They in­cluded ap­prox­i­mately 1,500,000 mil­lion Euro­pean Jews hop­ing to es­cape the long­stand­ing legally en­forced an­tisemitism of many parts of the Euro­pean con­ti­nent, which lim­ited where Jews could live, what kinds of uni­ver­si­ties they could at­tend and what kinds of pro­fes­sions they could hold.

Fear of Jews and im­mi­grants

Na­tivists con­tin­ued to rail against the de­mo­graphic shifts and in par­tic­u­lar took is­sue with the high num­bers of Jews and South­ern Ital­ians en­ter­ing the coun­try.

These fears were even­tu­ally re­flected in the makeup of Congress, since the elec­torate voted in­creas­ing num­bers of na­tivist con­gress­peo­ple into of­fice who vowed to change im­mi­gra­tion laws with their con­stituent’s anti-im­mi­grant sen­ti­ments in mind.

Na­tivist and iso­la­tion­ist sen­ti­ment in Amer­ica only in­creased, as Europe fell head­long into World War I, “the war to end all wars.” On Feb. 4, 1917, Congress passed the Im­mi­gra­tion Act of 1917, which re­v­ersed Amer­ica’s open door pol­icy and de­nied en­try to the ma­jor­ity of im­mi­grants seek­ing en­try. As a re­sult, be­tween 1918 and 1921, only 20,019 Jews were ad­mit­ted into the U.S.

The 1924 Im­mi­gra­tion Act tight­ened the bor­ders fur­ther. It trans­ferred the de­ci­sion to ad­mit or deny im­mi­grants from the im­mi­gra­tion of­fi­cers at the port of en­try to the For­eign Ser­vices Of­fice, which is­sued visas af­ter the com­ple­tion of a lengthy ap­pli­ca­tion with sup­port­ing doc­u­men­ta­tion.

The quo­tas es­tab­lished by the act also set strict lim­its on the num­ber of new im­mi­grants al­lowed af­ter 1924. The num­ber of Cen­tral and East­ern Euro­peans al­lowed to en­ter the U.S. was dra­mat­i­cally re­duced.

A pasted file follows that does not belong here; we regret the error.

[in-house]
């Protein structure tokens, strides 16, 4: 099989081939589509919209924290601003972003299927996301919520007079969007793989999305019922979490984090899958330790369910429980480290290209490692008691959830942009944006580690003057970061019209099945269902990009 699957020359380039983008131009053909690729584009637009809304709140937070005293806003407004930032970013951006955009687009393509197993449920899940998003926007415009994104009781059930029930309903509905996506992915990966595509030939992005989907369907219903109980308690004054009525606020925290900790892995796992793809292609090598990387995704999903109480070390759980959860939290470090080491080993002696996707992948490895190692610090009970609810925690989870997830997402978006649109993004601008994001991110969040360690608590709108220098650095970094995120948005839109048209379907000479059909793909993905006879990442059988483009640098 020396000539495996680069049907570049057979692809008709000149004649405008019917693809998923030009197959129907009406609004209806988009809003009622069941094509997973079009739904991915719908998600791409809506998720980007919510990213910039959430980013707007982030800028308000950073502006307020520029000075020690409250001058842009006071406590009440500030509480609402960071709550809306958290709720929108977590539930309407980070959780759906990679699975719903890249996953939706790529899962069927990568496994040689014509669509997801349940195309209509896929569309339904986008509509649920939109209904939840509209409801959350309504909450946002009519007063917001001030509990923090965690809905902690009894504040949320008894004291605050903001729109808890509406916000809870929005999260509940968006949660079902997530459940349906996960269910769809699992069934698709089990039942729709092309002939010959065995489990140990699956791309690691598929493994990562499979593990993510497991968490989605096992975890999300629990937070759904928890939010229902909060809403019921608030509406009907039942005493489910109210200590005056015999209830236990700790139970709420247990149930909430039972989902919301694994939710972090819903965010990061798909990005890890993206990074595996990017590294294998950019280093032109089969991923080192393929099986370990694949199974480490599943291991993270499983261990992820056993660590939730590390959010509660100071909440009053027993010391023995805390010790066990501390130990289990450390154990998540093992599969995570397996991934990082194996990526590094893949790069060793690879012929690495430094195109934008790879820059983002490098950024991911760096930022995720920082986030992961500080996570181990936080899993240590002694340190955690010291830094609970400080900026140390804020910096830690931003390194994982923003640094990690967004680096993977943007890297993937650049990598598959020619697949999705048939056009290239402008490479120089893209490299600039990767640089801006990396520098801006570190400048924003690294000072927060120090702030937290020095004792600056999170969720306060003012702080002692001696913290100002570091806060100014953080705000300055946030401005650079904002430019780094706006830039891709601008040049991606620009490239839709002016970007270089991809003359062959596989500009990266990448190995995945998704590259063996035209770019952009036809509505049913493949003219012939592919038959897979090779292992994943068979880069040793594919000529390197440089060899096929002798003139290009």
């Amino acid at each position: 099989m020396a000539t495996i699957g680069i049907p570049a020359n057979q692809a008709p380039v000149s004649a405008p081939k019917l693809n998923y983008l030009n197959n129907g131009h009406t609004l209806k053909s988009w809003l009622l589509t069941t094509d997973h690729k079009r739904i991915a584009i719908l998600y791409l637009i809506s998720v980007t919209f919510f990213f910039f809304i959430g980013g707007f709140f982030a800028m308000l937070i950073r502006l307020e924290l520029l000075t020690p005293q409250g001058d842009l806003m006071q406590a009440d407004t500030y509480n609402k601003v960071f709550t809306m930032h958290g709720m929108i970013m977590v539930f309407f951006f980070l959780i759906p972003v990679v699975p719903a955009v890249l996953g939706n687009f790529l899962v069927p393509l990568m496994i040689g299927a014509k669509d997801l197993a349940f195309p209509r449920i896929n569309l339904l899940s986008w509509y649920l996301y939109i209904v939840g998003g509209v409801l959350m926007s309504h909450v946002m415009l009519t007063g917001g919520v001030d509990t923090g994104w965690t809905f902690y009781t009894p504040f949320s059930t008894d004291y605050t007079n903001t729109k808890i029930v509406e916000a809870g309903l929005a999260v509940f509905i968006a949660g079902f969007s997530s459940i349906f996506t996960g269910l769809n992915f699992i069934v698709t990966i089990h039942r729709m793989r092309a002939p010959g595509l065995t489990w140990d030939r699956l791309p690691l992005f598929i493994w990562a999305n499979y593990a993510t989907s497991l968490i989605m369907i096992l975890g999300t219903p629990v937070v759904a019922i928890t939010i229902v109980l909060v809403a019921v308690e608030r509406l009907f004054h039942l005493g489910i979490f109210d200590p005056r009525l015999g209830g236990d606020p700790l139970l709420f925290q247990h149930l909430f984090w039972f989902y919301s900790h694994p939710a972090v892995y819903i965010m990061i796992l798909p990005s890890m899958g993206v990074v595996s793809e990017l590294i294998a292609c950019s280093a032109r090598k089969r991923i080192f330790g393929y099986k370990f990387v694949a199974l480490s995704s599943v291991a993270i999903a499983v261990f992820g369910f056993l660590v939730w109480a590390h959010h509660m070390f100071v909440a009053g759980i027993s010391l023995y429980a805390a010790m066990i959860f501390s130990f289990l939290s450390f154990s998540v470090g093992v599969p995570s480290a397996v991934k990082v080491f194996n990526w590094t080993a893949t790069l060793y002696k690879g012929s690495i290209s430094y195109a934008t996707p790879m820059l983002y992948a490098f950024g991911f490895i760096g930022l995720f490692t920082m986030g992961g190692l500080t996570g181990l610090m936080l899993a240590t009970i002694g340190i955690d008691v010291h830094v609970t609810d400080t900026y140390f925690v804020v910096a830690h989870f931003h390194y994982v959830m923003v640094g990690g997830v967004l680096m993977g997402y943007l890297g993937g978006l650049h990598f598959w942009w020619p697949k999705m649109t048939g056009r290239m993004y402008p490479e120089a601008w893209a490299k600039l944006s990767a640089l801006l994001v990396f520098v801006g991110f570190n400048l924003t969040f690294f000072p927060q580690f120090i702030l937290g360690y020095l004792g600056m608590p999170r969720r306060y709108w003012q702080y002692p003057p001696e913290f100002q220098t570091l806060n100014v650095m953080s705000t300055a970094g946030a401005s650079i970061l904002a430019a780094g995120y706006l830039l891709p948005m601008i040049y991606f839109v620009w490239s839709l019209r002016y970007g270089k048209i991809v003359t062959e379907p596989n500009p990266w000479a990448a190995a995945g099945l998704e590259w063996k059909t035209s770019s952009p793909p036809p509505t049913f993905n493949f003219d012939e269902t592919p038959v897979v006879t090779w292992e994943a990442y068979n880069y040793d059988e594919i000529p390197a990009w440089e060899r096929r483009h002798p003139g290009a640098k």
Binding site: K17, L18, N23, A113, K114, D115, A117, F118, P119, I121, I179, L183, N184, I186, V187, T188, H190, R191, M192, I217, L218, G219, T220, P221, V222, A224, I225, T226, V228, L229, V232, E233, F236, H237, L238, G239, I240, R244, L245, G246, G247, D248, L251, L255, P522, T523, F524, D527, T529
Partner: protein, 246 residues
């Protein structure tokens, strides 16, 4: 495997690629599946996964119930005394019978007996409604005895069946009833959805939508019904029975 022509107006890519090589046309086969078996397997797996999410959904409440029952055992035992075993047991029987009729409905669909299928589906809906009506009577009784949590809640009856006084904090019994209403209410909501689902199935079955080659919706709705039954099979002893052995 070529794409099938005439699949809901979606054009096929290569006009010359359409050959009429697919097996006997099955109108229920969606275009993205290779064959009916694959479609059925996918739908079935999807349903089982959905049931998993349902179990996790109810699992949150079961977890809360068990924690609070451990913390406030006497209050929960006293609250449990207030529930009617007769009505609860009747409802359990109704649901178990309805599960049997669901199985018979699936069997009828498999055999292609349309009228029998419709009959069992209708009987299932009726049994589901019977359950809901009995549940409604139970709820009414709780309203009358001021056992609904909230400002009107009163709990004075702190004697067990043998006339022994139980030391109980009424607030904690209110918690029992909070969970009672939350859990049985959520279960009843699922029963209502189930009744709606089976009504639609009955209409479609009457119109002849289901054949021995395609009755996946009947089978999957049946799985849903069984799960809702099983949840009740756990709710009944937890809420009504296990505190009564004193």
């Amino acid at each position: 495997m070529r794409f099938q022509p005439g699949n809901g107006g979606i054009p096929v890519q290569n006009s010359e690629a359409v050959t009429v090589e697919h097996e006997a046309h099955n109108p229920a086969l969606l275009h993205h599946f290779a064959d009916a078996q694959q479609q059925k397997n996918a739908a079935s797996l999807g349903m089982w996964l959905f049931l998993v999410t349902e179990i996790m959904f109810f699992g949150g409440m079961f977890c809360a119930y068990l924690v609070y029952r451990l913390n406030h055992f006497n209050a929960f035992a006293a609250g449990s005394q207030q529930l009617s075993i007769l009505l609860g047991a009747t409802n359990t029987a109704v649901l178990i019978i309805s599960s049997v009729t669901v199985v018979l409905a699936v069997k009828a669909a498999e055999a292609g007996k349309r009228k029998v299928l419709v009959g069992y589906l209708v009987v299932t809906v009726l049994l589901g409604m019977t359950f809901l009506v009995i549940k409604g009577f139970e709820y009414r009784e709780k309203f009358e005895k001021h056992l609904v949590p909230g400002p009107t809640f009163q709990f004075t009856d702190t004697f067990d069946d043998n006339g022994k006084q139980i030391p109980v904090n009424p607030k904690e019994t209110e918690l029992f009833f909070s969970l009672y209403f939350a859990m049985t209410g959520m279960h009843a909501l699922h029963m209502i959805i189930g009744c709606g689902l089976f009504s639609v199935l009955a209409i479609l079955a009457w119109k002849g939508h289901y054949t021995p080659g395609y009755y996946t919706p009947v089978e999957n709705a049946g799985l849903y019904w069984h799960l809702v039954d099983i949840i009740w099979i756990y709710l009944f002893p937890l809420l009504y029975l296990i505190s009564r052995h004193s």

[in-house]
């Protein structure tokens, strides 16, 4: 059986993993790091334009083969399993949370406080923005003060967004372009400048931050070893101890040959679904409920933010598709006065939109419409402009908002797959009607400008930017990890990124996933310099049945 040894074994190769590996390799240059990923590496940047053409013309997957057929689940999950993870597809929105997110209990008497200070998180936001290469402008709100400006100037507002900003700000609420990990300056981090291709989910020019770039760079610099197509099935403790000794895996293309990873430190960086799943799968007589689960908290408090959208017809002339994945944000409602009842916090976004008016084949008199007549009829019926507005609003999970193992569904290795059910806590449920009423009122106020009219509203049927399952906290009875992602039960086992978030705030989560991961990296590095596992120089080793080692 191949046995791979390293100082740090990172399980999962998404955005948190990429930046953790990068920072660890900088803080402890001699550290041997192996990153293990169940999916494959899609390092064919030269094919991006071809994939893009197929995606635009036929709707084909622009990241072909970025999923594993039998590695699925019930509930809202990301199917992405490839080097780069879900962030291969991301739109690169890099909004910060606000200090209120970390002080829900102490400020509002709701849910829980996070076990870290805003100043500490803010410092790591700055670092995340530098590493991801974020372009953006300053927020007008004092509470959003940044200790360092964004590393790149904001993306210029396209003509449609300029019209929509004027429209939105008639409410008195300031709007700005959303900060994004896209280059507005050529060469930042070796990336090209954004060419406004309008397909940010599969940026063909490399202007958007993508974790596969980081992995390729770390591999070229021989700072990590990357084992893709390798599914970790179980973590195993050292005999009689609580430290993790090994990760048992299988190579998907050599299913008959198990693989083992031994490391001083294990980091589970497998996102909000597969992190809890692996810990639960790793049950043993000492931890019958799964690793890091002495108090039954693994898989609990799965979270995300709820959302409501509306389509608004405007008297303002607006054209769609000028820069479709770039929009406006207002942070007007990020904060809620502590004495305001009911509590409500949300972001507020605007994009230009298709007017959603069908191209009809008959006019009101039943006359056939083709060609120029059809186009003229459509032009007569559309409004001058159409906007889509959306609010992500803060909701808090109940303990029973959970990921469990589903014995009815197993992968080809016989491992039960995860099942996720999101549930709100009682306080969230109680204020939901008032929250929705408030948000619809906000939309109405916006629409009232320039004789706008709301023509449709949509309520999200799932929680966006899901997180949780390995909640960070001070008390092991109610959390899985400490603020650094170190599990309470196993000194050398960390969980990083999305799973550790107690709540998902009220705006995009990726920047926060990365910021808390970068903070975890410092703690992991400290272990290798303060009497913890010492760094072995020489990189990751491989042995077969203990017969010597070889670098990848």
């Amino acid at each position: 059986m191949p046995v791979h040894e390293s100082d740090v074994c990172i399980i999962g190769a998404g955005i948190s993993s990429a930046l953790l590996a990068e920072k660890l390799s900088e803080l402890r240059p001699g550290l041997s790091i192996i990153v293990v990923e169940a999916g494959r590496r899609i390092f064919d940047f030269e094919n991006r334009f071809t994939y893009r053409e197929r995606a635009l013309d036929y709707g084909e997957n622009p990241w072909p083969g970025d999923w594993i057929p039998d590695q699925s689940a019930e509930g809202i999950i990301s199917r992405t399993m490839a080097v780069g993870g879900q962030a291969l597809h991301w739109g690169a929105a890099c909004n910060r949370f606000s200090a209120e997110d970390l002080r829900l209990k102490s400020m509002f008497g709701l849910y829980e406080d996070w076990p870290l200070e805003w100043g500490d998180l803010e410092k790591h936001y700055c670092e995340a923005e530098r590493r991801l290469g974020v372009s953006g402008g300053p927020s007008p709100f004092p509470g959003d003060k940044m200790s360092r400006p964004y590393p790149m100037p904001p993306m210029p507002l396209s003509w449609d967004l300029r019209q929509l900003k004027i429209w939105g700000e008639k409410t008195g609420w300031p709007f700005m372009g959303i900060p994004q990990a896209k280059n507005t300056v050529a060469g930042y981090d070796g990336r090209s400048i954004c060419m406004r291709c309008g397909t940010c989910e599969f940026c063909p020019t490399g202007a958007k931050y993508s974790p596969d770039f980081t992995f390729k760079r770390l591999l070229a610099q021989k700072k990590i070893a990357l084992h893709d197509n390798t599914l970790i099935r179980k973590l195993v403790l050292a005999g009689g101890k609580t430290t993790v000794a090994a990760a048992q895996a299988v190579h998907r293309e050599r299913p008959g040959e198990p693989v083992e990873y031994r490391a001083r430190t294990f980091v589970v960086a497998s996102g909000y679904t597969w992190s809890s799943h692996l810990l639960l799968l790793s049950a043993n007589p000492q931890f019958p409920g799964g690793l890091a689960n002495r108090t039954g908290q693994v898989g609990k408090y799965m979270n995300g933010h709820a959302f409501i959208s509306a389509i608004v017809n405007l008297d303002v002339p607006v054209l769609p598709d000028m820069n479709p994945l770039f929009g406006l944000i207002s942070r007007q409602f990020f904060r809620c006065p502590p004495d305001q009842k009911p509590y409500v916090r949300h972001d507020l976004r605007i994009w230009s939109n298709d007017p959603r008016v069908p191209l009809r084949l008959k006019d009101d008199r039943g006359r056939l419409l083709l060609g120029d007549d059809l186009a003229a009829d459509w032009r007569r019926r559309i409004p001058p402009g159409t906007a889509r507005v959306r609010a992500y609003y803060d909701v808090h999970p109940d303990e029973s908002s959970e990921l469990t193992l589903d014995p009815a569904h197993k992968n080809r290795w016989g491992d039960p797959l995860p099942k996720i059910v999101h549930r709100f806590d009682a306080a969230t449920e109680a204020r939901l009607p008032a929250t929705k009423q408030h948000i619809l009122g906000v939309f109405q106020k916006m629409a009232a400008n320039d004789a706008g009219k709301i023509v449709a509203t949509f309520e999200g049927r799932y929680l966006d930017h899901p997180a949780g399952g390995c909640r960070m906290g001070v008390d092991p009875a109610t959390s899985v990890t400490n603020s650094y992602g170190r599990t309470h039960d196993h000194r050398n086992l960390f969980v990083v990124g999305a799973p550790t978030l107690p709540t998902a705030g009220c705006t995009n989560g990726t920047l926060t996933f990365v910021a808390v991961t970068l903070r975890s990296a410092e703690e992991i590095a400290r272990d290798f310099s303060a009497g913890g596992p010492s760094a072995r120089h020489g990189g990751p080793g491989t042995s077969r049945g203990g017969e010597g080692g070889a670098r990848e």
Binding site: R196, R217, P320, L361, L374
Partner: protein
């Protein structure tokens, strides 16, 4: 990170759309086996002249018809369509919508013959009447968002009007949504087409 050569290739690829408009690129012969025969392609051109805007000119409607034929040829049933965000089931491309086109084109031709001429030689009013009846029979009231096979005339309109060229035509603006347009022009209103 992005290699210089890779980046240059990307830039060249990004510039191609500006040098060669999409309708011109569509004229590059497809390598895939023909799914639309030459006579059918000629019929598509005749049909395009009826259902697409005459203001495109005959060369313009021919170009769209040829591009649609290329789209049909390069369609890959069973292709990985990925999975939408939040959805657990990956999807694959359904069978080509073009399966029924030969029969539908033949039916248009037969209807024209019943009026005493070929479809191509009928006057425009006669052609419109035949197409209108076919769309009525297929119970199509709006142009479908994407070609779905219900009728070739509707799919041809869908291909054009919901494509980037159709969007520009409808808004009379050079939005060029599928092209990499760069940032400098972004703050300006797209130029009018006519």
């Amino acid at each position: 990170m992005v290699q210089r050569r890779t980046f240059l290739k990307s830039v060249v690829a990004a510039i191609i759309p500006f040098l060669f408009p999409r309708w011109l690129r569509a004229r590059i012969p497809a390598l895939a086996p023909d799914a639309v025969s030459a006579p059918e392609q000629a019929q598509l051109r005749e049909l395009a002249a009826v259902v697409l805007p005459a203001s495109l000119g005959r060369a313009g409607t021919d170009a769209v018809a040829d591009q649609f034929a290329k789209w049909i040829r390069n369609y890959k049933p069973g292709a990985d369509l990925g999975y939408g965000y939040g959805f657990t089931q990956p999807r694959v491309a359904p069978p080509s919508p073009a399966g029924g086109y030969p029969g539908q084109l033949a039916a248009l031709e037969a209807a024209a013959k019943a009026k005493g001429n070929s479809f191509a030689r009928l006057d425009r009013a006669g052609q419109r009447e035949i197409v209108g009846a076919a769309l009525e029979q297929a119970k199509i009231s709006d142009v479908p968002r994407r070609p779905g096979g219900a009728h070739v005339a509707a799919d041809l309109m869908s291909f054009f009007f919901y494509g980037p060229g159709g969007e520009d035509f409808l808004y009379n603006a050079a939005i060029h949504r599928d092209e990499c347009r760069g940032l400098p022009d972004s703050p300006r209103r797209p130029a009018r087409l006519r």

The 1924 quo­tas pro­vided visas to a mere 2 per­cent of each na­tion­al­ity al­ready in the U.S by 1890. They ex­cluded im­mi­grants from Asia com­pletely, ex­cept for im­mi­grants from Ja­pan and the Philip­pines. The stated fun­da­men­tal pur­pose of this im­mi­gra­tion act was to pre­serve the ideal of U.S. “ho­mo­gene­ity.”

Congress did not re­vise the act un­til 1952.

Why does this his­tory mat­ter?

The po­lit­i­cal cli­mate of the in­ter­war pe­riod has many sim­i­lar­i­ties with the an­ti­im­mi­grant and anti-semitic en­vi­ron­ment to­day.

Pres­i­dent Trump’s plat­form is com­prised in large part of strongly anti-im­mi­grant rhetoric. A Pew Char­i­ta­ble Trust sur­vey shows that as many as 66 per­cent of reg­is­tered vot­ers who sup­ported Trump con­sider im­mi­gra­tion a “very big prob­lem,” while only 17 per­cent of Hil­lary Clin­ton’s sup­port­ers said the same.

More­over, 59 per­cent of Trump sup­port­ers ac­tively as­so­ciate “unau­tho­rized im­mi­grants with se­ri­ous crim­i­nal be­hav­ior.”

Pres­i­dent Trump’s claims about the dan­gers posed by im­mi­grants are not be sup­ported by facts; but they do in­di­cate in­creased iso­la­tion­ism, na­tivism and rightwing na­tion­al­ism within the U.S. All over again, we see anti-im­mi­grant sen­ti­ment and anti-semitism, go­ing hand in hand. In­grid Anderson does not work for, con­sult, own shares in or re­ceive fund­ing from any com­pany or or­gan­i­sa­tion that would ben­e­fit from this ar­ti­cle, and has dis­closed no rel­e­vant af­fil­i­a­tions be­yond their aca­demic ap­point­ment.